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Title: Effects of calcium in ash on the corrosion performance of Ni-based alloys in simulated oxy-fuel environment

Abstract

Increasing the efficiency of coal power plants requires raising the operating temperature above 650°C. However, coal ash can severely attack alloy materials at high temperature. For example, the corrosion rates of commercial Fe- and Ni-based alloys are generally greater than 2 mm/year at 750°C in the gas environment of oxy-fuel combustion. Thus, a critical study is needed to determine the effect of the constituents in the ash on corrosion and find an approach to reduce the corrosion rates in an ash-laden environment at high temperature. The role of CaO in the ash (typical of U.S. Western coal ash) has been investigated in laboratory exposure environments with various structural alloys. Detailed results are presented on weight change, scale thickness, internal penetration, microstructural characteristics of corrosion products, and the cracking of scales for the alloys after exposure at 750°C. The thermal stability of K3Al(SO4)3 under the environment of oxy-fuel combustion was determined by thermogravimetric analysis and differential thermal analysis. The reaction of this low melting temperature salt with the CaO-containing ash is discussed. In addition, we performed synchrotron nanobeam X-ray analysis to study the phase and chemical composition of the oxide layers on the alloy surface. Results from these studies are usedmore » to address the role of CaO in ash in the long-term corrosion performance of alloys.« less

Authors:
ORCiD logo; ; ;
Publication Date:
Research Org.:
Argonne National Lab. (ANL), Argonne, IL (United States)
Sponsoring Org.:
USDOE Office of Fossil Energy (FE); USDOE Office of Science (SC), Basic Energy Sciences (BES) (SC-22)
OSTI Identifier:
1391827
DOE Contract Number:
AC02-06CH11357
Resource Type:
Journal Article
Resource Relation:
Journal Name: Fuel; Journal Volume: 178; Journal Issue: C
Country of Publication:
United States
Language:
English
Subject:
36 MATERIALS SCIENCE; Ash corrosion; CaO; Long term test; Oxy-fuel

Citation Formats

Zeng, Z., Natesan, K., Cai, Z., and Rink, D. L. Effects of calcium in ash on the corrosion performance of Ni-based alloys in simulated oxy-fuel environment. United States: N. p., 2016. Web. doi:10.1016/j.fuel.2016.02.077.
Zeng, Z., Natesan, K., Cai, Z., & Rink, D. L. Effects of calcium in ash on the corrosion performance of Ni-based alloys in simulated oxy-fuel environment. United States. doi:10.1016/j.fuel.2016.02.077.
Zeng, Z., Natesan, K., Cai, Z., and Rink, D. L. Mon . "Effects of calcium in ash on the corrosion performance of Ni-based alloys in simulated oxy-fuel environment". United States. doi:10.1016/j.fuel.2016.02.077.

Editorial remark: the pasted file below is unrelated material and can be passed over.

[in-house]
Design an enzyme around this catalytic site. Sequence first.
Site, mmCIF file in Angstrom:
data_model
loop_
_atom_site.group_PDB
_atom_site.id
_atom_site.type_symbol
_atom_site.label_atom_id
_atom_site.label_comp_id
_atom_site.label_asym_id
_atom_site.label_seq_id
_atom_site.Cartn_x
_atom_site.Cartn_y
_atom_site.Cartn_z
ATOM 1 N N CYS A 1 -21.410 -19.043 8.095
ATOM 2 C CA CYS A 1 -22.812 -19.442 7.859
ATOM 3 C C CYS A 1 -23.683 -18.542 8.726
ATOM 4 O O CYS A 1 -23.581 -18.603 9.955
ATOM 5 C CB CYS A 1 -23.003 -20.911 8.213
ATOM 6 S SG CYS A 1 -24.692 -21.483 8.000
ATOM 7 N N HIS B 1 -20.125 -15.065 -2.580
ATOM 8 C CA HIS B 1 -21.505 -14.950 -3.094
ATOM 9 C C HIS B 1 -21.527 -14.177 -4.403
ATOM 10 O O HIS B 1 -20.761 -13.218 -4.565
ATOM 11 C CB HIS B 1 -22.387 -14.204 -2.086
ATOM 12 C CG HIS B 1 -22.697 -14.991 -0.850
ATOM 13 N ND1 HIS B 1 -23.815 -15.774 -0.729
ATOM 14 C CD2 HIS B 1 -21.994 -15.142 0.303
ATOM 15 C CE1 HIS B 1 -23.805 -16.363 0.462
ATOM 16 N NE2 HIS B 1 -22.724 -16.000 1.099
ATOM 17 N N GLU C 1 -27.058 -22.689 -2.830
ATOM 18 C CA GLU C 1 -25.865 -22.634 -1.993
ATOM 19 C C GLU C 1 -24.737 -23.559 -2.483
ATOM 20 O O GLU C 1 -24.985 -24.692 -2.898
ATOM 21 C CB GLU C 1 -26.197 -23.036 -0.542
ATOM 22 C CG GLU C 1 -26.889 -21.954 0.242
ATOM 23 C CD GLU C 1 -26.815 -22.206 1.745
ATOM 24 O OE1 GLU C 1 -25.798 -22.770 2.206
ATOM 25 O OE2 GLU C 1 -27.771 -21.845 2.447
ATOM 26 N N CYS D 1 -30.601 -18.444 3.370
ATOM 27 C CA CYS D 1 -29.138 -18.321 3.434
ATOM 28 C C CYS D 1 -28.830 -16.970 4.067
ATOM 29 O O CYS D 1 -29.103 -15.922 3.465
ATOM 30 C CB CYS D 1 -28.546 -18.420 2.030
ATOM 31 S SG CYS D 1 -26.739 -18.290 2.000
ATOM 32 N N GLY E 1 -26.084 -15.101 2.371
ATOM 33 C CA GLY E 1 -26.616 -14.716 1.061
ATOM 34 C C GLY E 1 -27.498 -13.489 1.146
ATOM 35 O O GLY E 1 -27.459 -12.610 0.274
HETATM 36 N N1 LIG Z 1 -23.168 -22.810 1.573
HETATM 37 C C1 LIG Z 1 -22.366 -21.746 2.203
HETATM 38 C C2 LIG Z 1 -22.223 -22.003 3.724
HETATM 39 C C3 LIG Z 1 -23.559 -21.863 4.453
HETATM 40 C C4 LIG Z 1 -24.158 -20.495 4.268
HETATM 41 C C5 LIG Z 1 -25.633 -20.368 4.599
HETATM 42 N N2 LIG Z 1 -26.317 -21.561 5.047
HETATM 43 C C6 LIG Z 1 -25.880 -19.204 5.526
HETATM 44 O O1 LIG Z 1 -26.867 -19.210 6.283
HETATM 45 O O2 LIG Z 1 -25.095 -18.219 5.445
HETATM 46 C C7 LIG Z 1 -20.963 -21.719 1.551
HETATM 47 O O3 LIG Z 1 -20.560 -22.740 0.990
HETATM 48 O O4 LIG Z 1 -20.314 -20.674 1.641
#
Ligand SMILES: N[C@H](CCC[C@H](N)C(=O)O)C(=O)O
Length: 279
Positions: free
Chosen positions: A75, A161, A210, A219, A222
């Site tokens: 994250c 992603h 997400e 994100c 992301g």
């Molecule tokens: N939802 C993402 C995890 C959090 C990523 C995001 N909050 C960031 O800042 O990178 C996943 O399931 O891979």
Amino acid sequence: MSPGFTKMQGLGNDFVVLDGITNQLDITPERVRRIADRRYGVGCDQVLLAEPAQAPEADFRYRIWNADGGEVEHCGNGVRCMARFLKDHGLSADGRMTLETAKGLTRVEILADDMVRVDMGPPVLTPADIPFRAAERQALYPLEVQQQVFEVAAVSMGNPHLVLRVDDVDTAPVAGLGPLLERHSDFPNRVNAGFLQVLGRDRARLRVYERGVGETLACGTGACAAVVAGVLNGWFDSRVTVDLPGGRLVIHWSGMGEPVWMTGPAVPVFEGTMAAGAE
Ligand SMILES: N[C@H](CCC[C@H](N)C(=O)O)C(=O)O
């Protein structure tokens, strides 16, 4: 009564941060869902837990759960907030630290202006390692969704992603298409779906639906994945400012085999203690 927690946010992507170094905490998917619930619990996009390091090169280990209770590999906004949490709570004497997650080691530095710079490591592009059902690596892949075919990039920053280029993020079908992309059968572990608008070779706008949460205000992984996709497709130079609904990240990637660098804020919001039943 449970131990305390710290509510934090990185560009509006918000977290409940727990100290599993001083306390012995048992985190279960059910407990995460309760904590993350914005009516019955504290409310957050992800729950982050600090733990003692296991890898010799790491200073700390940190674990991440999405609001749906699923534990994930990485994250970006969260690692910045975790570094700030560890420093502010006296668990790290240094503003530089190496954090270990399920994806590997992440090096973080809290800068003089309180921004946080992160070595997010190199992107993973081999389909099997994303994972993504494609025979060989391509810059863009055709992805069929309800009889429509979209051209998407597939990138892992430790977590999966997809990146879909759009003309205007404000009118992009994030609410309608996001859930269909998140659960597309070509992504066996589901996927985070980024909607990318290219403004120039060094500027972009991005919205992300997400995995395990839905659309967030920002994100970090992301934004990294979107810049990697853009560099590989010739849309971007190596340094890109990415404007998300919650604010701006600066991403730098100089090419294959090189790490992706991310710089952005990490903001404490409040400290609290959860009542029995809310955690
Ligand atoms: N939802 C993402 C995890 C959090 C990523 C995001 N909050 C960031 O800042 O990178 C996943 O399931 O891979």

@article{osti_1391827,
title = {Effects of calcium in ash on the corrosion performance of Ni-based alloys in simulated oxy-fuel environment},
author = {Zeng, Z. and Natesan, K. and Cai, Z. and Rink, D. L.},
abstractNote = {Increasing the efficiency of coal power plants requires raising the operating temperature above 650°C. However, coal ash can severely attack alloy materials at high temperature. For example, the corrosion rates of commercial Fe- and Ni-based alloys are generally greater than 2 mm/year at 750°C in the gas environment of oxy-fuel combustion. Thus, a critical study is needed to determine the effect of the constituents in the ash on corrosion and find an approach to reduce the corrosion rates in an ash-laden environment at high temperature. The role of CaO in the ash (typical of U.S. Western coal ash) has been investigated in laboratory exposure environments with various structural alloys. Detailed results are presented on weight change, scale thickness, internal penetration, microstructural characteristics of corrosion products, and the cracking of scales for the alloys after exposure at 750°C. The thermal stability of K3Al(SO4)3 under the environment of oxy-fuel combustion was determined by thermogravimetric analysis and differential thermal analysis. The reaction of this low melting temperature salt with the CaO-containing ash is discussed. In addition, we performed synchrotron nanobeam X-ray analysis to study the phase and chemical composition of the oxide layers on the alloy surface. Results from these studies are used to address the role of CaO in ash in the long-term corrosion performance of alloys.},
doi = {10.1016/j.fuel.2016.02.077},
journal = {Fuel},
number = C,
volume = 178,
place = {United States},
year = {Mon Aug 01 00:00:00 EDT 2016},
month = {Mon Aug 01 00:00:00 EDT 2016}
}